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Monday, April 22, 2024 | Back issues
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Arizona Senate Republicans push bills to combat ‘voter fraud’

Wendy Rogers, a Flagstaff Republican, brought the bills banning ballot drop boxes and bolstering tally requirements before the Senate Government Committee.

PHOENIX (CN) — An Arizona Senate committee voted Thursday to advance election reform bills that would prohibit the use of drop boxes and add a precinct tallying requirement prior to county tallying.

Senator Wendy Rogers, a Republican from Flagstaff, presented Senate Bills 1058 and 1343 to the Senate Government Committee.

“I’m Senator Rogers, I’m the sponsor of this bill,” Rogers said of Senate Bill 1058. “This is basically no more drop boxes. Over.”

The former Air Force pilot’s comments were met with applause and laughter from the majority-conservative gallery. The chairwoman reminded the crowd that they must observe decorum in the reading or be excused from the proceedings.

The committee took comments from the public, with few dissenters of the bills. One dissenter felt the bills could sway voter engagement.

“I’m concerned about this and the other bills regulating voting because new restrictions on voting will have the effect of disenfranchising voters who may feel they can’t meet the challenges, and for no valid reason,” said Judith Simon, who has worked as a teacher for 33 years. “I’m thinking of voters in rural and tribal areas, [and] disabled and elderly voters, who may not read all the particular legal details and just hear, ‘Oh, we can’t use drop boxes at all anymore.’”

One audit observer, Jeff Zink, praised the bill and called for an end to voter fraud during public comments.

“As a witness to the Arizona audit, one of the things that we saw were the 700,000 [votes] that were unverifiable,” Zink said. “I went to Texas, I helped them, they’re now going to be doing a four-county full forensic audit in Texas with Governor Abbott. Along with that, I went to Georgia to try to help them as well. This fraud was rampant, not just in Maricopa County, but across the United States. Checks and balances are needed.”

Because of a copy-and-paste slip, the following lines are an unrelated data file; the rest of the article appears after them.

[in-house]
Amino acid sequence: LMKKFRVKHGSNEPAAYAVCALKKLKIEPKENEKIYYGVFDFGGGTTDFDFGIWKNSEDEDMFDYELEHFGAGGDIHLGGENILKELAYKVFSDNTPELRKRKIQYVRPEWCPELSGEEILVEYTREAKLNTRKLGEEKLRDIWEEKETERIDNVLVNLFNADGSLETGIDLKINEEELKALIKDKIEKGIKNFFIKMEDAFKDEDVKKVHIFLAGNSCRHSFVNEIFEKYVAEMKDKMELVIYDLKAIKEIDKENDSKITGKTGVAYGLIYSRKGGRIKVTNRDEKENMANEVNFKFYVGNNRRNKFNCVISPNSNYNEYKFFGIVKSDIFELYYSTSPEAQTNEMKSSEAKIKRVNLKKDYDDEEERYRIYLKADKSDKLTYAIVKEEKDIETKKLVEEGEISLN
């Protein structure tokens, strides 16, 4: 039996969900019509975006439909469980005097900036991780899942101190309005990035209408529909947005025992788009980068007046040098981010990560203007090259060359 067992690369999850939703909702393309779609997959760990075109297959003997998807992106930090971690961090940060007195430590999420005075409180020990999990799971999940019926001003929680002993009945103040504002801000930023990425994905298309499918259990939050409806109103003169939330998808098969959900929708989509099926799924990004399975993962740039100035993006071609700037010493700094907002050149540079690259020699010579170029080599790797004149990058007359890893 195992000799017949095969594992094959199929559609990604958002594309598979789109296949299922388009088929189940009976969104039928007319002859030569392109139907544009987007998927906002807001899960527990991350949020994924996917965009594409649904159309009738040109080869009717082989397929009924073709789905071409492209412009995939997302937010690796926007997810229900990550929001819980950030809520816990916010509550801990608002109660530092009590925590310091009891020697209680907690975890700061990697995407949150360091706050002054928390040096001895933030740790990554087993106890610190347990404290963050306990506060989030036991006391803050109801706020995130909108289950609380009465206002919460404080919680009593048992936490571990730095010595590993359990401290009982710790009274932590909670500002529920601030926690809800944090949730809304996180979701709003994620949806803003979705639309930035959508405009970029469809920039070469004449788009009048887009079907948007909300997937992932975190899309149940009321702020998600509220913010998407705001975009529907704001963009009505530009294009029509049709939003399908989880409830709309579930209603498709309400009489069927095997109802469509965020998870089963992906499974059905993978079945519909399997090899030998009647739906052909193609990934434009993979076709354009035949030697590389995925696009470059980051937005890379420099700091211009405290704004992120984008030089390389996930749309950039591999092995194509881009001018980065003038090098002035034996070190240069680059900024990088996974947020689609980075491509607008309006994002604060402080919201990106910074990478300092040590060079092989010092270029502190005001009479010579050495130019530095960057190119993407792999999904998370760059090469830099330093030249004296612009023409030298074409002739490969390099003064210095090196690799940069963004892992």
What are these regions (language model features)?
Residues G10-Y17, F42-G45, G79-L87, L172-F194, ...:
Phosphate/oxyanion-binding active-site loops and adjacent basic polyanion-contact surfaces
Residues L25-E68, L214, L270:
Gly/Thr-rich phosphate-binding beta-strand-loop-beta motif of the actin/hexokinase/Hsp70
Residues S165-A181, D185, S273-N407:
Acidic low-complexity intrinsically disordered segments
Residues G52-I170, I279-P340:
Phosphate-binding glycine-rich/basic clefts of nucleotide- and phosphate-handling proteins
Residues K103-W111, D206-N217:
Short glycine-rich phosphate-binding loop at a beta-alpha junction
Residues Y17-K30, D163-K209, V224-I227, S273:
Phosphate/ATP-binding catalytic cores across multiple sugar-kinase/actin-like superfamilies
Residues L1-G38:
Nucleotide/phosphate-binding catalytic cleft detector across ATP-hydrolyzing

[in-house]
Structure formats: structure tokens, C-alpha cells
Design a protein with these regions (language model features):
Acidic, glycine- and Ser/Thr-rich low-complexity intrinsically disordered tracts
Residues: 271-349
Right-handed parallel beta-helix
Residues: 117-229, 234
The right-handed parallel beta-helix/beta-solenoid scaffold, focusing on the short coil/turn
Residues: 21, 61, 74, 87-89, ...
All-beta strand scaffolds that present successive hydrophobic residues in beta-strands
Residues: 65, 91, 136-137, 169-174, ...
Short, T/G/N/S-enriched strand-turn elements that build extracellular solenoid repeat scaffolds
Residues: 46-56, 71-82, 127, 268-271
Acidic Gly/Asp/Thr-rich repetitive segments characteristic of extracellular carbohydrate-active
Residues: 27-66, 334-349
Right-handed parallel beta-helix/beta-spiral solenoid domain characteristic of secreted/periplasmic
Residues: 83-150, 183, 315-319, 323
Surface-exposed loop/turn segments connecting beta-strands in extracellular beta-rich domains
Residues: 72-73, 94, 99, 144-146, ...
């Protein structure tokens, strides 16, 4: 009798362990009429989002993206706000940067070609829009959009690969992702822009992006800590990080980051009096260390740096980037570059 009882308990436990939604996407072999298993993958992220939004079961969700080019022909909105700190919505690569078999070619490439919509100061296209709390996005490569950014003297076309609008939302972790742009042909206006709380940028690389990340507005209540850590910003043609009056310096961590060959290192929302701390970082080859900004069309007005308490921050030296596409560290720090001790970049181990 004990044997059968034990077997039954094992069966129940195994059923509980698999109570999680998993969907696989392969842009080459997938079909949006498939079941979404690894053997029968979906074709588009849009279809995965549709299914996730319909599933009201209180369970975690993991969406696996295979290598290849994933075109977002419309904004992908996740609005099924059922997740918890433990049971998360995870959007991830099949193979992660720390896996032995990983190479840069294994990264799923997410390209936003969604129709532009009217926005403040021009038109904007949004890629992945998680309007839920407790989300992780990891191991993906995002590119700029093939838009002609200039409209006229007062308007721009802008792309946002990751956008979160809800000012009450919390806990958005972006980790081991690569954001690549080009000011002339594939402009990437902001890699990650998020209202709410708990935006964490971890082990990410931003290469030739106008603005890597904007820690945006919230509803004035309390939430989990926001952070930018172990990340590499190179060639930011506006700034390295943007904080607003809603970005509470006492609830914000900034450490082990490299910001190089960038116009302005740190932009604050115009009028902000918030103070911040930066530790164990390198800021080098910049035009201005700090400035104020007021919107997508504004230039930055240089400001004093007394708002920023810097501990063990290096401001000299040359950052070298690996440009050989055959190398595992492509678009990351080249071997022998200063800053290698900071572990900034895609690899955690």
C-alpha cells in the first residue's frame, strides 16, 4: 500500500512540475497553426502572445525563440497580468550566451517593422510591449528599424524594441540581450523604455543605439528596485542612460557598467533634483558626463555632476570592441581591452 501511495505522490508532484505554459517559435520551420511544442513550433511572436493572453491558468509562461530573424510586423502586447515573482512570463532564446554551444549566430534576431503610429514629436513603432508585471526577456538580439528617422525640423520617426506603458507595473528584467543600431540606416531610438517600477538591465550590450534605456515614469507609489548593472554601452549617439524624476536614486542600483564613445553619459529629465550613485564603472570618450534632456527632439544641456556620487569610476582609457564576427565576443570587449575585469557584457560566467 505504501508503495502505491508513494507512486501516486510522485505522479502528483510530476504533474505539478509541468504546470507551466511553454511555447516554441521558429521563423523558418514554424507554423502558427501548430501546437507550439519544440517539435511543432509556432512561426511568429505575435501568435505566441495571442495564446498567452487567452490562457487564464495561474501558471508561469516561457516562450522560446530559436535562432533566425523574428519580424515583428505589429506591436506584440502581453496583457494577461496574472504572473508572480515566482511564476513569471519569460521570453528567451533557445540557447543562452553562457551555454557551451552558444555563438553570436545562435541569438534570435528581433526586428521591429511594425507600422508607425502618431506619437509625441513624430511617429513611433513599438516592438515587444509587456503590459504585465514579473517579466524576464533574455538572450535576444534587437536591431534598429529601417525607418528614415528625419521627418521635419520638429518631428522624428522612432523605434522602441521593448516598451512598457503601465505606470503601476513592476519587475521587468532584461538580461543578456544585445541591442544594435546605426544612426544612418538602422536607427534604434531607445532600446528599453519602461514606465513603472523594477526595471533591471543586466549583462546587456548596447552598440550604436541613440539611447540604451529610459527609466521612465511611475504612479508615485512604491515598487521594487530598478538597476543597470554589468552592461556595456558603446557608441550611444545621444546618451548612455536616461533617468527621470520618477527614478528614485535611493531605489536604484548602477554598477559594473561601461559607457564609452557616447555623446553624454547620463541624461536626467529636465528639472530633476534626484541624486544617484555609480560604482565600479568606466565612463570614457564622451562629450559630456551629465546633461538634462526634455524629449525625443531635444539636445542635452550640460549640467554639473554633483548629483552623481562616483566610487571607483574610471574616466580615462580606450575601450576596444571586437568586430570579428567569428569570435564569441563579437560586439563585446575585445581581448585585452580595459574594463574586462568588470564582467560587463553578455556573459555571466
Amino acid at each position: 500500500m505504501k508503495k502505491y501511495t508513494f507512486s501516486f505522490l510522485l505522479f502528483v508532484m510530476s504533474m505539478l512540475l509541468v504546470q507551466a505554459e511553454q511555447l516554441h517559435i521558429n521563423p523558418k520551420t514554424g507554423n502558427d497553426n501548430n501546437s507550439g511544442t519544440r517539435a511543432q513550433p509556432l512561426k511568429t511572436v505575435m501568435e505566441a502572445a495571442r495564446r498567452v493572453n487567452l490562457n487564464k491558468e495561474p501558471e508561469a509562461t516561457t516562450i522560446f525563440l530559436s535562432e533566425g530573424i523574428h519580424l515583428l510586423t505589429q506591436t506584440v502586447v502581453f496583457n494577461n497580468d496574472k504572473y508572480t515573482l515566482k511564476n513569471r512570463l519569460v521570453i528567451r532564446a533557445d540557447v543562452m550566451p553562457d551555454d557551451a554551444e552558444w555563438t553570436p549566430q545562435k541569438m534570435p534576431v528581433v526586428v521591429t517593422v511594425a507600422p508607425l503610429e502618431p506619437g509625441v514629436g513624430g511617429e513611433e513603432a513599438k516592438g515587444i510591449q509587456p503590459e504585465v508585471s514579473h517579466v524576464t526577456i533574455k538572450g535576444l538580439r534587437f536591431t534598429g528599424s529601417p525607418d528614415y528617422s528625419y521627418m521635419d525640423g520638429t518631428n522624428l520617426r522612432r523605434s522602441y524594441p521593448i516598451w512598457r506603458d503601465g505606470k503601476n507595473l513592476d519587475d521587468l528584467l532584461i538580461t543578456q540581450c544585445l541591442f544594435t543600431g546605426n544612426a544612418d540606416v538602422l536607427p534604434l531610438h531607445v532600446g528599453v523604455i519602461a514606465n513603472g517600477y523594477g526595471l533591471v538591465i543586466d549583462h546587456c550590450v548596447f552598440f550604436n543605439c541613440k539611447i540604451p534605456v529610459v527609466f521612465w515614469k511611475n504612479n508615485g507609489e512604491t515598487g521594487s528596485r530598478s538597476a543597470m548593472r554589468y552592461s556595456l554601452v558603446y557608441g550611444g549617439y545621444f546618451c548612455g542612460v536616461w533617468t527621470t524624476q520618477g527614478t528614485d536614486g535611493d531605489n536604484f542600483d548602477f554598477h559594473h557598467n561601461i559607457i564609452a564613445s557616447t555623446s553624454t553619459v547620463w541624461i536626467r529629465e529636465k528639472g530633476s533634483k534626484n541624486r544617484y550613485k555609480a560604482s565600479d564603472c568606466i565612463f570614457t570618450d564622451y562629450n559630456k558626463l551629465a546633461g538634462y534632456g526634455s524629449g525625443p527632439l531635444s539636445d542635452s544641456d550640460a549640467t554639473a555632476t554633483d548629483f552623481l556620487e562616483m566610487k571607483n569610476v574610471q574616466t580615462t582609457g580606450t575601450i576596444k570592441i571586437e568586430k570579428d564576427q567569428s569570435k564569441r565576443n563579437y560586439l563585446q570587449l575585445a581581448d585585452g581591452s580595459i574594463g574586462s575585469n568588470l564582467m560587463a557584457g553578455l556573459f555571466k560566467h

Republicans cited their findings from the audit last year as the motivation for their yes vote.

“There has been evidence that has come out on that, and that has been turned over to the attorney general’s office,” said Senator Sonny Borrelli, a Republican representing Lake Havasu. “Evidence was discovered about drop boxes on a chain of custody. That evidence has been turned over to the attorney general’s office for further investigation. So, I’m tired of hearing saying this is a big lie.”

In previous months, Arizona Attorney General Mark Brnovich has charged individuals with voter fraud in response to the Senate’s audit findings. Charges and evidence for the chain of custody violations have yet to be revealed.

Senate Bill 1058 passed down party lines 4-3, but met stringent resistance from Democrats who saw this as vote suppression.

Senate Bill 1343, which principally deals with adding a layer of election tallying, was later read.

“I propose this bill that ballots should be tallied at the precinct level,” said Rogers. “Our research and feedback all have shown that the mischief occurs between the precinct and the county and if we have a count, an accurate count of ballots at the precinct where they should be cast, then we have that as a baseline we have it as a basis to compare to, and thereby we have more accuracy, more accountability and an audit trail, as it were.”

Democrats saw this as an additional step to the election process and quickly pushed back on the bill.

“This isn’t governing right here; this is stoking fear,” said Representative Martin Quezada, a West Phoenix Democrat. “It would actually add a step in a chain of custody process. That makes the problem worse, not better. So if we’re going to govern, let’s do it the right way. And this isn’t the right way. I vote no.”

That bill also passed down party lines: 4-3.

The Rules Committee will consider the bills before a final read before the Senate. If it passes, it would head to the Arizona House for review.

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Categories / Politics, Regional

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